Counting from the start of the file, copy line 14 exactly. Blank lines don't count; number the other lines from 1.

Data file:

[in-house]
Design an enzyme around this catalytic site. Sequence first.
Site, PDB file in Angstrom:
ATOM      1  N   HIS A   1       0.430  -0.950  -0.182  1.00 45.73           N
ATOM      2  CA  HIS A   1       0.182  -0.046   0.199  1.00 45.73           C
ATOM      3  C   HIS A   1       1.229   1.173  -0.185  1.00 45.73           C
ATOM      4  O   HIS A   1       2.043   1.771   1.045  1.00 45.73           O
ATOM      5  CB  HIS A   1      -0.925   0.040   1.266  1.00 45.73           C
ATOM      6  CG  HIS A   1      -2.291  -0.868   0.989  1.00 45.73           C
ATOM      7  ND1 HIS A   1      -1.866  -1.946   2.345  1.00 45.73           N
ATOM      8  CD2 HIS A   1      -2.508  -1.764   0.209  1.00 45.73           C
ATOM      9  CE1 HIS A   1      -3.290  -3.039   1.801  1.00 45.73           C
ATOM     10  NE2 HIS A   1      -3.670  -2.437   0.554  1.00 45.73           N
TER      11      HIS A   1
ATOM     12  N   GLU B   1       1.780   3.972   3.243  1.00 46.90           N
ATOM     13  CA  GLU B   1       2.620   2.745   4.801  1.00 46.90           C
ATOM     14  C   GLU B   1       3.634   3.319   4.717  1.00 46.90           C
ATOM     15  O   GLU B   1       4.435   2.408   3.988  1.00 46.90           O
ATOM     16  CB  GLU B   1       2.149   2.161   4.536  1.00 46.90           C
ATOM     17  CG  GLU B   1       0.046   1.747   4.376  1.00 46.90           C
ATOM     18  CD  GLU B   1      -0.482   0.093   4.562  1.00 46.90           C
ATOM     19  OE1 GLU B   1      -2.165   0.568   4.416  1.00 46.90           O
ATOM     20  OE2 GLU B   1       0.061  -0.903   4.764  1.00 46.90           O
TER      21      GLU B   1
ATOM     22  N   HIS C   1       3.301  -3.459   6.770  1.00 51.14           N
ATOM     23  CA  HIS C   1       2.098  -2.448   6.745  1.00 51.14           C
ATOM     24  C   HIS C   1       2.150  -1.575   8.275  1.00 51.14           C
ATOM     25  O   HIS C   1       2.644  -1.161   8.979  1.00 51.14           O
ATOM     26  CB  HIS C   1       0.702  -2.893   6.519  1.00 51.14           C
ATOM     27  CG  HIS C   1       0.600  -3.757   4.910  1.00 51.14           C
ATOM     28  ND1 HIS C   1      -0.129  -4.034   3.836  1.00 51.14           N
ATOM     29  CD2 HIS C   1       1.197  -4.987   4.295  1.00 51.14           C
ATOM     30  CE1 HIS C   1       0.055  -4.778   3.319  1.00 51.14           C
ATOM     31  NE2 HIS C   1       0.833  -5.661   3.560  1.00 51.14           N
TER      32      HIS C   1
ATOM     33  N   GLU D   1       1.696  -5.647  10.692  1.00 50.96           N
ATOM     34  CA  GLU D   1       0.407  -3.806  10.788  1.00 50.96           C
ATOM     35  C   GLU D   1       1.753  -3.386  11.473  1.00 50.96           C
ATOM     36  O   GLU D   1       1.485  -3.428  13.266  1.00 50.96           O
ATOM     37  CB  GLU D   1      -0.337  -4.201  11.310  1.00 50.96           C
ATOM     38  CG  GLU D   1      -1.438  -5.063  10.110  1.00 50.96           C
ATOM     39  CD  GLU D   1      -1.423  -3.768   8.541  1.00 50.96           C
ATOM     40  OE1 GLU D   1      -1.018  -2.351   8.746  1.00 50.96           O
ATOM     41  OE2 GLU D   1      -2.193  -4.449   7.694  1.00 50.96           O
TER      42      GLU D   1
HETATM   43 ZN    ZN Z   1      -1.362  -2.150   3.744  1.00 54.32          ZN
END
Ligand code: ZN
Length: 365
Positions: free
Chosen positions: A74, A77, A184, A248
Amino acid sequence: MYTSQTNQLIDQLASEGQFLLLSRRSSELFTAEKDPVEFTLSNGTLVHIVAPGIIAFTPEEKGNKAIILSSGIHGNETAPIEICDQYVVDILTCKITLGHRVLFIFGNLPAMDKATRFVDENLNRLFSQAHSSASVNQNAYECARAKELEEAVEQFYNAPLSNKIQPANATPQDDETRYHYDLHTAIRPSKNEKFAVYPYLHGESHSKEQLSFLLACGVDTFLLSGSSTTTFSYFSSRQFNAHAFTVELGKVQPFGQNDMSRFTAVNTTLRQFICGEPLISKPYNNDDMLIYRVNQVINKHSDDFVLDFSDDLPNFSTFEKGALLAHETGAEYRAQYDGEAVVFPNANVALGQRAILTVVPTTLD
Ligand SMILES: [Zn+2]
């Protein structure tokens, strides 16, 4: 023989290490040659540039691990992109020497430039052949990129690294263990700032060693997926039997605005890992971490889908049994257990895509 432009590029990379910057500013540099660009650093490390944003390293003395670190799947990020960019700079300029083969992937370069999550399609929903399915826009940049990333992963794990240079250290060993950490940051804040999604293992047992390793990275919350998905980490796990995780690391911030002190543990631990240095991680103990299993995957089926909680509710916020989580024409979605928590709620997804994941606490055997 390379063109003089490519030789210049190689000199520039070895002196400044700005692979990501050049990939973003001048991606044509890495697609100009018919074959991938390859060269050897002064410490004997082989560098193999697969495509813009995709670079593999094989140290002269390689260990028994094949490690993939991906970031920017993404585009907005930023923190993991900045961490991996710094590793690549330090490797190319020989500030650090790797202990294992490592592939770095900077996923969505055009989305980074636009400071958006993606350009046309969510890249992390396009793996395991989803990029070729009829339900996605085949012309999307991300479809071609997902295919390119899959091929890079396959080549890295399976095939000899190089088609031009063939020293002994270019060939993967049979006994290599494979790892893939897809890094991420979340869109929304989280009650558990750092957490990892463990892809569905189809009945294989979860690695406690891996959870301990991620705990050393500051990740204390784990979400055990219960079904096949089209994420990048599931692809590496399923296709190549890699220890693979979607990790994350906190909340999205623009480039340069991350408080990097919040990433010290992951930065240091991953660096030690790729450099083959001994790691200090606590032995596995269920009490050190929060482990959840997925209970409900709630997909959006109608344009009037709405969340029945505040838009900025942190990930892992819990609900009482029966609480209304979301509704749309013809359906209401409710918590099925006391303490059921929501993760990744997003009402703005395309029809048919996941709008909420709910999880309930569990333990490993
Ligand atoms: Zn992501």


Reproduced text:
TER      11      HIS A   1